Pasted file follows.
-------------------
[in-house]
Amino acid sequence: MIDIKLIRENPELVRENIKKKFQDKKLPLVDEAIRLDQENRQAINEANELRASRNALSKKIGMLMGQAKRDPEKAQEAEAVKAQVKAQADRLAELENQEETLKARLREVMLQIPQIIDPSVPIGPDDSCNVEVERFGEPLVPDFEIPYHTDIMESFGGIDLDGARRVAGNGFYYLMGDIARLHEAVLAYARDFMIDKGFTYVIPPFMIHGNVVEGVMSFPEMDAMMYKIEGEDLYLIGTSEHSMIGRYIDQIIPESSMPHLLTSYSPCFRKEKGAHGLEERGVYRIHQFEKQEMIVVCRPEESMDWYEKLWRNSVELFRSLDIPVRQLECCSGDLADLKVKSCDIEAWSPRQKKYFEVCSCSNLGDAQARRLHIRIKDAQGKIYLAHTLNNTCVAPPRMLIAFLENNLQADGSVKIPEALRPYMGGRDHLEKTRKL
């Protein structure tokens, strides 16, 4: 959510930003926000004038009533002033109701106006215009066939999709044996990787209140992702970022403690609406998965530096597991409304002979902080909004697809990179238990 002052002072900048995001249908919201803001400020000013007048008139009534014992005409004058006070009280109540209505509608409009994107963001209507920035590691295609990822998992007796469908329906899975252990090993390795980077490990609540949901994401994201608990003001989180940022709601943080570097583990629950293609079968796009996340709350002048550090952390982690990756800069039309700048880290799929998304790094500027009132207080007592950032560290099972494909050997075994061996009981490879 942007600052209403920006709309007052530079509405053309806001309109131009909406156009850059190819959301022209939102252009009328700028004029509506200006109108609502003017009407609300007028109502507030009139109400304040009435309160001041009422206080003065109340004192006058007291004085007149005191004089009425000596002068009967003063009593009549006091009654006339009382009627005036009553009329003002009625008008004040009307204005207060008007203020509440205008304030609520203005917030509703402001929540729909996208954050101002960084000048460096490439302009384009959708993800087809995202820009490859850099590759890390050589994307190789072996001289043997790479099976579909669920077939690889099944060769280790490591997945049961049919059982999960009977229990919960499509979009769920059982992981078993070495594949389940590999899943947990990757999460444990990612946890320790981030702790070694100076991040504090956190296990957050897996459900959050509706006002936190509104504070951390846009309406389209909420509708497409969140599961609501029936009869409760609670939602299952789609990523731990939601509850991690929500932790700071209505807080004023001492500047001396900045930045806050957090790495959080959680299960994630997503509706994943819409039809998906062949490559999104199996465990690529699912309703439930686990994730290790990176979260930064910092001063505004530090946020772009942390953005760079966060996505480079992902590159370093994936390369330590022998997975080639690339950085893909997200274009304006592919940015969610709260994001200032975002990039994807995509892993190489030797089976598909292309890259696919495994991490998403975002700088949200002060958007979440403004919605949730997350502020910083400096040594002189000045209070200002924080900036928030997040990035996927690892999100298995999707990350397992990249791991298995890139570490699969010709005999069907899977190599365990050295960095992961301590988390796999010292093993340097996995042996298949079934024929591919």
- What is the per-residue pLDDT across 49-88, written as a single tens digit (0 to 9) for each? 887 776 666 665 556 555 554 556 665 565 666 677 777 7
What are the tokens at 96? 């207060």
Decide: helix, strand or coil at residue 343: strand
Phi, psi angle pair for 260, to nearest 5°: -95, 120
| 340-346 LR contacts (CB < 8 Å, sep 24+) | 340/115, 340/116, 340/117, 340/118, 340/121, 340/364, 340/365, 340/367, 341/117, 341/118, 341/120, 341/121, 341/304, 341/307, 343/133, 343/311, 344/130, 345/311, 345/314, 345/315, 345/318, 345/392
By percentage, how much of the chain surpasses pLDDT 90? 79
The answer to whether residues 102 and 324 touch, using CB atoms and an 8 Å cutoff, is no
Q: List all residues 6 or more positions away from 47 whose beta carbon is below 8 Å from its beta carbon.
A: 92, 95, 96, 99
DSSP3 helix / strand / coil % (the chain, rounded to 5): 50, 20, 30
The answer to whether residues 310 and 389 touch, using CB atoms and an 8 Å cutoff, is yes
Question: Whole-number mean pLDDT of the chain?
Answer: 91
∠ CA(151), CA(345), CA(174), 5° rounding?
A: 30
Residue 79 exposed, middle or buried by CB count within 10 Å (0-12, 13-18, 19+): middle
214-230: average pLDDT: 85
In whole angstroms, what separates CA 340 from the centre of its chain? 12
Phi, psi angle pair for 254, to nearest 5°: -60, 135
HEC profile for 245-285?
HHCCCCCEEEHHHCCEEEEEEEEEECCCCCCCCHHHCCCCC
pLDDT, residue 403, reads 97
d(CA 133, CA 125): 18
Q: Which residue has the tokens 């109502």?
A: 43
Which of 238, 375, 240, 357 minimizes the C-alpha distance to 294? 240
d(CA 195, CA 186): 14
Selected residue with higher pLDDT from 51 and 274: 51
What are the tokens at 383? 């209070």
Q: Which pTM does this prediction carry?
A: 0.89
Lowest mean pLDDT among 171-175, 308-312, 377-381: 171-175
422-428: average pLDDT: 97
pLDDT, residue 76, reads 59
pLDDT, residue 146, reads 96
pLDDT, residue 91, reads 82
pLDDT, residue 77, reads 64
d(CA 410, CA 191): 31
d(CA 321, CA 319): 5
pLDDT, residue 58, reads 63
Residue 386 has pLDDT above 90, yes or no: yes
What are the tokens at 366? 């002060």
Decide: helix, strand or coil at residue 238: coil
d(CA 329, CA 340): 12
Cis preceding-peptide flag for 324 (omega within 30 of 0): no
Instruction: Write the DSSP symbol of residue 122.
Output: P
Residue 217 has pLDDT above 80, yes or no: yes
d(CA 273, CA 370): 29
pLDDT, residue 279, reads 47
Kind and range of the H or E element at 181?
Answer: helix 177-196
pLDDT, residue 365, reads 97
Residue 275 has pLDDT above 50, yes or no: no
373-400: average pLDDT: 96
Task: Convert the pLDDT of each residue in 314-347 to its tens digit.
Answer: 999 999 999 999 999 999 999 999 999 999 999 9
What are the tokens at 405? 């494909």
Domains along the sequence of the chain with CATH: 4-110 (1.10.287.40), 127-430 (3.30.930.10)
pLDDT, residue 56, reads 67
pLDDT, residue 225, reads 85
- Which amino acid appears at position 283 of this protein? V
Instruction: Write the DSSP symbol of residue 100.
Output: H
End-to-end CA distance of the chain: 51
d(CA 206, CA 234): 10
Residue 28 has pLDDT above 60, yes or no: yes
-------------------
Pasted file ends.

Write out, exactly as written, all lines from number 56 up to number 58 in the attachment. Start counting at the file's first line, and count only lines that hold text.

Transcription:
pLDDT, residue 365, reads 97
Residue 275 has pLDDT above 50, yes or no: no
373-400: average pLDDT: 96